The Only Way Isn’t Up
A Special Report into the Pending Correction of Australian Residential Property Prices
By Steve McKnight
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Do you remember the 1980’s pop group YAZZ? They had a hit with ‘The Only Way Is Up’.
Well, if you were born after 1985 then you could be forgiven for thinking YAZZ were singing about Aussie property prices, because from the time you started noticing real estate values, they’ve pretty much gone up, and up, and up!
Property prices don’t always go up.
Yet property prices don’t always go up. Those a little longer in the tooth can testify that real estate values have a tendency to go sideways for long periods of time when prices stagnate, and can even fall from time to time as happened in regional cities such as Gladstone and Moranbah, and even in metropolitan Perth.
Skill is not particularly needed during periods when real estate values are rising rapidly because all ships float on a rising tide, which means that during a property boom just about all property – regardless of location and condition – will tend to increase in value because sentiment and speculation, rather than sense, drive value.
Markets that have overshot on the upside tend to overshoot on the downside.
However, all booms must eventually end (usually when sense overrides sentiment), and when they do, markets that have overshot on the upside tend to overshoot on the downside; the bigger the boom, the bigger the bust.
Of course, if you’re trying to time your entry and exit to perfection, the ideal time to buy is at the bottom when prices are cheapest, and the ideal time to sell is at the top when prices peak. Being able to do this though is pure speculation and requires extraordinary luck, as you never know the highs and lows of market cycles until after they’ve occurred. This is why practically (as opposed to theoretically) the best time to sell is just after the peak, and the best time to buy is just after the bottom.
Sophisticated investors strategise rather than speculate.
Sophisticated investors strategise rather than speculate. They look to the data, not their emotions, to set their strategy and match it to the prevailing economic conditions of the day, being greedy when people are fearful, and fearful when people are greedy – a saying attributed to Warren Buffett.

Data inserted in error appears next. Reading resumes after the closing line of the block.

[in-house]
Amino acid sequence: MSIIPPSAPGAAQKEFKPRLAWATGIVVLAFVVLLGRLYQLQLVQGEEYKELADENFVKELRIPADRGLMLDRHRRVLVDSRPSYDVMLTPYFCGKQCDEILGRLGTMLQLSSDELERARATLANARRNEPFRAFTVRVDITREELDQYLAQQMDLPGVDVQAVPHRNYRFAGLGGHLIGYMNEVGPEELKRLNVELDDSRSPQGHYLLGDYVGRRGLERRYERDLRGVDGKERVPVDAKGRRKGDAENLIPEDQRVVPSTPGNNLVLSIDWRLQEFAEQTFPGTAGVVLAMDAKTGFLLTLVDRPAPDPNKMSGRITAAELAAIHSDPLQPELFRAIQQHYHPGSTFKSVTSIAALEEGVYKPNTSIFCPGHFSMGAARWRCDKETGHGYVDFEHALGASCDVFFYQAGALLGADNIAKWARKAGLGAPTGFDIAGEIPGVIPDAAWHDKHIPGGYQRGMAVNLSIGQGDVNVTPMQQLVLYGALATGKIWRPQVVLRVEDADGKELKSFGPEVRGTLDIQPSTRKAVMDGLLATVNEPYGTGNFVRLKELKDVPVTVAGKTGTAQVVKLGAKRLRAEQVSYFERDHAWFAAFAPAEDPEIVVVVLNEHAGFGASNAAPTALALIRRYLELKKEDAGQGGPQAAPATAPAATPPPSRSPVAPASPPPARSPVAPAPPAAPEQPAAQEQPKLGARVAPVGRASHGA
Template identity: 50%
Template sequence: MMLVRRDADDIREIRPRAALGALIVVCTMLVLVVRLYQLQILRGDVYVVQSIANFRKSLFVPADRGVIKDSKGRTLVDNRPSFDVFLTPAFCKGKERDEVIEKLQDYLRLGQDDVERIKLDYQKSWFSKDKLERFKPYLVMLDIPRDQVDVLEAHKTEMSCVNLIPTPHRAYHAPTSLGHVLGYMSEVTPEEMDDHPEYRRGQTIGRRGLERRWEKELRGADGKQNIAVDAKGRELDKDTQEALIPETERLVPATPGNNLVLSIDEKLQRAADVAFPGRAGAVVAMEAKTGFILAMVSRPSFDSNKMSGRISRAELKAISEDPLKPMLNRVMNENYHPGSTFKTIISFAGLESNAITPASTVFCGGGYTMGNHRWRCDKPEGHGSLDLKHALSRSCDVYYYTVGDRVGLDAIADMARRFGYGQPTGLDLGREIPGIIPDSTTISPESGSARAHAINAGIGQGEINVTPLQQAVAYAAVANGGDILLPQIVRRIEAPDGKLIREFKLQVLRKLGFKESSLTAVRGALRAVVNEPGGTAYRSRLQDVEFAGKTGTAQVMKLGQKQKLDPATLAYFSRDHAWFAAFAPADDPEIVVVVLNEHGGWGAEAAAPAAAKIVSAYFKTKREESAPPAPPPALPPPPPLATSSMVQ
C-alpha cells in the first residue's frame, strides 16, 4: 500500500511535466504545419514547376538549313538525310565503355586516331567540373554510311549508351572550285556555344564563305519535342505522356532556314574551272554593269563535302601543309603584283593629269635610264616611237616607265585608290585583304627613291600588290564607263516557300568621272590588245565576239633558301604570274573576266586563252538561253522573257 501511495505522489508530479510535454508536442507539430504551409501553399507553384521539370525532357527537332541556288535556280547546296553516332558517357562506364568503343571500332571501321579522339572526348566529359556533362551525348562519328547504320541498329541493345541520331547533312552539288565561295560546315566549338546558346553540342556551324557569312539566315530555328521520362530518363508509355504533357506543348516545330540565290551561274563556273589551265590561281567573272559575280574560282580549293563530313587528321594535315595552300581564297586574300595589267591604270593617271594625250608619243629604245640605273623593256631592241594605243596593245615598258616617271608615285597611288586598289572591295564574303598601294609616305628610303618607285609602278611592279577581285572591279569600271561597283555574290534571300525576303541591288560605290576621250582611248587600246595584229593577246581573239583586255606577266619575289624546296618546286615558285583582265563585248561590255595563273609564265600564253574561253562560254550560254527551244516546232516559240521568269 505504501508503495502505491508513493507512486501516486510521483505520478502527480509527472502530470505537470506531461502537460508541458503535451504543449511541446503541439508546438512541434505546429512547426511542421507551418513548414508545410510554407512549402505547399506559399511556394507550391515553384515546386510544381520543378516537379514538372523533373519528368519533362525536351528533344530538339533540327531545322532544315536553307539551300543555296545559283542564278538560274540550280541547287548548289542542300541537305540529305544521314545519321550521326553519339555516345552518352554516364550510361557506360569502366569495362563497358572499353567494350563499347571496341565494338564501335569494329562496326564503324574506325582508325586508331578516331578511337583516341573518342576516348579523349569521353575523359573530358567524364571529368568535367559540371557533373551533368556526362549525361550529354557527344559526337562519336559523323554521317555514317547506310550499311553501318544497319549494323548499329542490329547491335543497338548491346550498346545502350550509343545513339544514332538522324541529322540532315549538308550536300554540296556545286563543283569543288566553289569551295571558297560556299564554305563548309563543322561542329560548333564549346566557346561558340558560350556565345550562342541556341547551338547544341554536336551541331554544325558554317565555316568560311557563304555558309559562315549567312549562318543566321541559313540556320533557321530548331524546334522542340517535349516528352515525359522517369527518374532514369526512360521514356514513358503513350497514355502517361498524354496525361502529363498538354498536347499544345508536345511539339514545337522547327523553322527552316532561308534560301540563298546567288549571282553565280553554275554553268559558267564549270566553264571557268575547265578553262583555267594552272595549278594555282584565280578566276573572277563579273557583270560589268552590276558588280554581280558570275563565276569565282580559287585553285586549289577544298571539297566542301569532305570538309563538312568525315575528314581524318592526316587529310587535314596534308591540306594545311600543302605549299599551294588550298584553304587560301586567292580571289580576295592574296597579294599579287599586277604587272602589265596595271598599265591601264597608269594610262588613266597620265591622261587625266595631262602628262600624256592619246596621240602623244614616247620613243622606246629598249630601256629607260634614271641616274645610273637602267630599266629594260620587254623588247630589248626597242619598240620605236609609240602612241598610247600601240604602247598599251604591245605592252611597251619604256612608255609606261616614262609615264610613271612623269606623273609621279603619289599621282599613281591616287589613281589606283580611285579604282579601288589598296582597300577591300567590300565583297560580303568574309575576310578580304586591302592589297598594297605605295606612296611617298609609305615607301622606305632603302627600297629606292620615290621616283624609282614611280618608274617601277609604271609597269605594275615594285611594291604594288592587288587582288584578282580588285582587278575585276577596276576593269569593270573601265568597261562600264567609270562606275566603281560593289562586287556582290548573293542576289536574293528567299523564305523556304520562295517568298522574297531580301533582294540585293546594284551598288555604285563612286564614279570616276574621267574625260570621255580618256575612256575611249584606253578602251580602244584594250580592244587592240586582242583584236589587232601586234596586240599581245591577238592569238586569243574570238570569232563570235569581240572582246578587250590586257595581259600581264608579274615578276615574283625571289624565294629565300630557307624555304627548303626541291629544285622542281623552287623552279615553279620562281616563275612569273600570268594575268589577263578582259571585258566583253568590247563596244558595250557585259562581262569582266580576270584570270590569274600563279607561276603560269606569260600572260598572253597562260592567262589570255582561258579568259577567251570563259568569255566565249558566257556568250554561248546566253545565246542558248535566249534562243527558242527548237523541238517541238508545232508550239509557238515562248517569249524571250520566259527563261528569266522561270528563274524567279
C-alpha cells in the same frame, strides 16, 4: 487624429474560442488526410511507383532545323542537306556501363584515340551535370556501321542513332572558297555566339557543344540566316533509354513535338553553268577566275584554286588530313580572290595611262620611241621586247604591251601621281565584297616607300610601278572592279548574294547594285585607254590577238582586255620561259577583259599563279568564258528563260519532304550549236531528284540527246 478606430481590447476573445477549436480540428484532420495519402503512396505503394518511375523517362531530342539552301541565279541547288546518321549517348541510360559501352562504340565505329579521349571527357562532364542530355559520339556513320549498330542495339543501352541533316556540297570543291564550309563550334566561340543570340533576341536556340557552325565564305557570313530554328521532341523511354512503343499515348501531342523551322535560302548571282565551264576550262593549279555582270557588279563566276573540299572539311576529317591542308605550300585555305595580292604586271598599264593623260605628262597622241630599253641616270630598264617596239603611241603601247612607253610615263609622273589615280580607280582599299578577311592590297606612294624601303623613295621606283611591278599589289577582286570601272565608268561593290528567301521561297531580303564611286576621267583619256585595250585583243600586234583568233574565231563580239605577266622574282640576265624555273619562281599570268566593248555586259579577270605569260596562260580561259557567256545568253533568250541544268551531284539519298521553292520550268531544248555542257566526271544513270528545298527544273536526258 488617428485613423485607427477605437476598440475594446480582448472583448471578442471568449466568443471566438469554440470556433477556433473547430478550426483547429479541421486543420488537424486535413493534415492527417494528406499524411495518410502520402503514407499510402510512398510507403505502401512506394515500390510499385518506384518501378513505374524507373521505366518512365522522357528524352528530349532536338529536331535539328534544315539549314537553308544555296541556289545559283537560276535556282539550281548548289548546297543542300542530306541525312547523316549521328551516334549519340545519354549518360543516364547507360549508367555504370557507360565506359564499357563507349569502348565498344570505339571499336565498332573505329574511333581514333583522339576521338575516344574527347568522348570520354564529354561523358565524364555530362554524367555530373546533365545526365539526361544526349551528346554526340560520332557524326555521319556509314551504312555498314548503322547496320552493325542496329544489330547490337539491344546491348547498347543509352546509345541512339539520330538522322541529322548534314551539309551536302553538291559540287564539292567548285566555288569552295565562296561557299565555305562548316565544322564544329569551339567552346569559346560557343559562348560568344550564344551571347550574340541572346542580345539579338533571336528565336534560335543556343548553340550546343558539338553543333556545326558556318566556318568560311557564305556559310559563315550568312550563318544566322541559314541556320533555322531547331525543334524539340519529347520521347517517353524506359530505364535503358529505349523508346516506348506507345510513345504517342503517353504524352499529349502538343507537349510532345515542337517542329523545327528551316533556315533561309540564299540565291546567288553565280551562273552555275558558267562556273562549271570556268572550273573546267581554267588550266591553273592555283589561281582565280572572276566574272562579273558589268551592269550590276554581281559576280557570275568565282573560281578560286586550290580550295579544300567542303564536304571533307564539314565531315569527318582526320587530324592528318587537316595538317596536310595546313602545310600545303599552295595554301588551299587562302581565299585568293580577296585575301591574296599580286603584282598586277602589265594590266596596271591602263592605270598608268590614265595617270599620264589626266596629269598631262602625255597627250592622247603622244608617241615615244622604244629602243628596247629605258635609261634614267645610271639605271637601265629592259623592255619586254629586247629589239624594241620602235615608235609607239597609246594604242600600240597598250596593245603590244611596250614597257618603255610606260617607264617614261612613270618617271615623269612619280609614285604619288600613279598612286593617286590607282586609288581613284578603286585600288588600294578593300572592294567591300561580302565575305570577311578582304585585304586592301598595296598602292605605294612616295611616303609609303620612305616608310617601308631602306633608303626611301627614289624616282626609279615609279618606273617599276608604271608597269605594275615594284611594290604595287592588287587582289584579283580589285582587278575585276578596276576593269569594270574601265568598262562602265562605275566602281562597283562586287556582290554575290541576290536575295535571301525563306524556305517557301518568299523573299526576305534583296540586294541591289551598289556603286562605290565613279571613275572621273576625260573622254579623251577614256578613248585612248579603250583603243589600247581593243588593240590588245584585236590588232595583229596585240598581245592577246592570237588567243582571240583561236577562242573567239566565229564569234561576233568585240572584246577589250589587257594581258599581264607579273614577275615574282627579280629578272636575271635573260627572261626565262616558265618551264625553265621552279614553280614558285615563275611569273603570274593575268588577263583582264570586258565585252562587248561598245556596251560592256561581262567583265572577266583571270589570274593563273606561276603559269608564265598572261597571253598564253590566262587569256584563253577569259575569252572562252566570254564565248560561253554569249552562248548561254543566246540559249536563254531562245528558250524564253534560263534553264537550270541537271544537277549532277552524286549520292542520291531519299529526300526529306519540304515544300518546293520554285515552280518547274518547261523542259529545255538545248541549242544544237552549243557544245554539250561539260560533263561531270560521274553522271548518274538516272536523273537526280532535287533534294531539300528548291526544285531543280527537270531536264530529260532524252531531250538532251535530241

So what does the data say about current market conditions? While a detailed analysis of the conditions in each State will be provided at my upcoming 1-day seminars, two interesting graphs based on research from investment house JP Morgan are particularly thought provoking.
Figure 1: Price to household income by city
Source: J.P. Morgan, ABS, CoreLogic
Figure 1 measures property prices as a ratio to household income over a 35-year period in Melbourne, Perth, Sydney and Brisbane. It reveals:
- As far as risk of over-valuation is concerned, the present order of high to low risk (at least by the portion of income needed to afford a home) is as follows: Sydney, then Melbourne, then Brisbane, and lastly Perth.
You want to be ‘invested’ during the growth times, and ‘divested’ soon after the peak until the next growth period begins.
- If you are looking for affordability with respect to median house price as it pertains to income, then you should be targetting (in this order): Perth, then Brisbane, then Melbourne, then Sydney. This is relevant because the more affordable a house is, the less susceptible it is to price shock. Hence, if you wanted to own real estate in a capital city that offered ‘value for money’, and was also less likely to fall in a pending correction, then presently Perth looks good.
- After market ‘peaks’, there tends to be a multi-year ‘catch up’ when property prices stagnate while incomes rise, before another ‘growth’ cycle begins. The lesson here is that you want to be ‘invested’ during the growth times, and ‘divested’ soon after the peak until the next growth period begins again. This is because during the flat and down times the risks of owning property exceed the returns.
Investing Sense and Sensibility
Figure 2: Price to market rents by city
Source: J.P. Morgan, ABS, CoreLogic
Figure 2 speaks to the ‘sense’ of values as they pertain to income returns, and reveals a level of speculative lunacy, particularly in Sydney and Melbourne, which is worrying.
Back in the early 1980s, investors bought real estate primarily for positive cashflow rental returns first, with any capital growth a bonus. This was a valid strategy because the debt underpinning the property was self-liquidating; meaning the loan could be serviced and repaid from the net rent.
Fast forward today and net rental returns are negligible or negative. Now property is purchased for growth with the underpinning debt usually not repaid at all. Instead interest-only loans are the debt instrument of choice, and loans are ‘traded up’ when the property is sold or refinanced into the next more expensive deal. Today, debt is something you get in to and never out of.
Sometime in the early to mid 1990s, investors swapped owning real estate for income to owning real estate for growth, and debt changed from self-liquidating to speculative.